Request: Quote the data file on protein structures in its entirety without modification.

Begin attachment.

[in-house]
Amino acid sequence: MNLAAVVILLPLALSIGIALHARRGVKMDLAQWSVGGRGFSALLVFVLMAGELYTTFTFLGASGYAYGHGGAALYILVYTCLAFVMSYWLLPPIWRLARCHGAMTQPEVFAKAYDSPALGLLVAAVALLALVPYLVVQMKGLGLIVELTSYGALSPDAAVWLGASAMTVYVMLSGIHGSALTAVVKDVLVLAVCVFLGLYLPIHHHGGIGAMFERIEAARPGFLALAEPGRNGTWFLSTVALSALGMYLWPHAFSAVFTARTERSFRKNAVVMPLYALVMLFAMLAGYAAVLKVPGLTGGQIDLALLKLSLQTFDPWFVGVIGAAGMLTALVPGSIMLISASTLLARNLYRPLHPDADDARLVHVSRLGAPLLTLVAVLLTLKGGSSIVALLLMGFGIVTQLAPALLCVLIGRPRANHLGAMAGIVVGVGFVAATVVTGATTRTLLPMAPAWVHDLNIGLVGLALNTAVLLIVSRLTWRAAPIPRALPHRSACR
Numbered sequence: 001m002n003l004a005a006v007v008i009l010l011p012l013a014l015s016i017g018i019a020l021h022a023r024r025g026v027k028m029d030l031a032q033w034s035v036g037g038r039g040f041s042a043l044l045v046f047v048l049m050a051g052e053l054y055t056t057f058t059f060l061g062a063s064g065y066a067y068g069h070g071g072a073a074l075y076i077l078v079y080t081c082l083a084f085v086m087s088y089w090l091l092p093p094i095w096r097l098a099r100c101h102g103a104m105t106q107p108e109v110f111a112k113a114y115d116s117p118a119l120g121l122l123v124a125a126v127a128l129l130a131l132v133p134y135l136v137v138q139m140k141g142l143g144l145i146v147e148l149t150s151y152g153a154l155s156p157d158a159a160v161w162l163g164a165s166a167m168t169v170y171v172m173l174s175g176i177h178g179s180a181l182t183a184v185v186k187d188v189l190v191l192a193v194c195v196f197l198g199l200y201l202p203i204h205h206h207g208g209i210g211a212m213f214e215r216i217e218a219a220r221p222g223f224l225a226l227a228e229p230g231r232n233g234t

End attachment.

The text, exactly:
[in-house]
Amino acid sequence: MNLAAVVILLPLALSIGIALHARRGVKMDLAQWSVGGRGFSALLVFVLMAGELYTTFTFLGASGYAYGHGGAALYILVYTCLAFVMSYWLLPPIWRLARCHGAMTQPEVFAKAYDSPALGLLVAAVALLALVPYLVVQMKGLGLIVELTSYGALSPDAAVWLGASAMTVYVMLSGIHGSALTAVVKDVLVLAVCVFLGLYLPIHHHGGIGAMFERIEAARPGFLALAEPGRNGTWFLSTVALSALGMYLWPHAFSAVFTARTERSFRKNAVVMPLYALVMLFAMLAGYAAVLKVPGLTGGQIDLALLKLSLQTFDPWFVGVIGAAGMLTALVPGSIMLISASTLLARNLYRPLHPDADDARLVHVSRLGAPLLTLVAVLLTLKGGSSIVALLLMGFGIVTQLAPALLCVLIGRPRANHLGAMAGIVVGVGFVAATVVTGATTRTLLPMAPAWVHDLNIGLVGLALNTAVLLIVSRLTWRAAPIPRALPHRSACR
Numbered sequence: 001m002n003l004a005a006v007v008i009l010l011p012l013a014l015s016i017g018i019a020l021h022a023r024r025g026v027k028m029d030l031a032q033w034s035v036g037g038r039g040f041s042a043l044l045v046f047v048l049m050a051g052e053l054y055t056t057f058t059f060l061g062a063s064g065y066a067y068g069h070g071g072a073a074l075y076i077l078v079y080t081c082l083a084f085v086m087s088y089w090l091l092p093p094i095w096r097l098a099r100c101h102g103a104m105t106q107p108e109v110f111a112k113a114y115d116s117p118a119l120g121l122l123v124a125a126v127a128l129l130a131l132v133p134y135l136v137v138q139m140k141g142l143g144l145i146v147e148l149t150s151y152g153a154l155s156p157d158a159a160v161w162l163g164a165s166a167m168t169v170y171v172m173l174s175g176i177h178g179s180a181l182t183a184v185v186k187d188v189l190v191l192a193v194c195v196f197l198g199l200y201l202p203i204h205h206h207g208g209i210g211a212m213f214e215r216i217e218a219a220r221p222g223f224l225a226l227a228e229p230g231r232n233g234t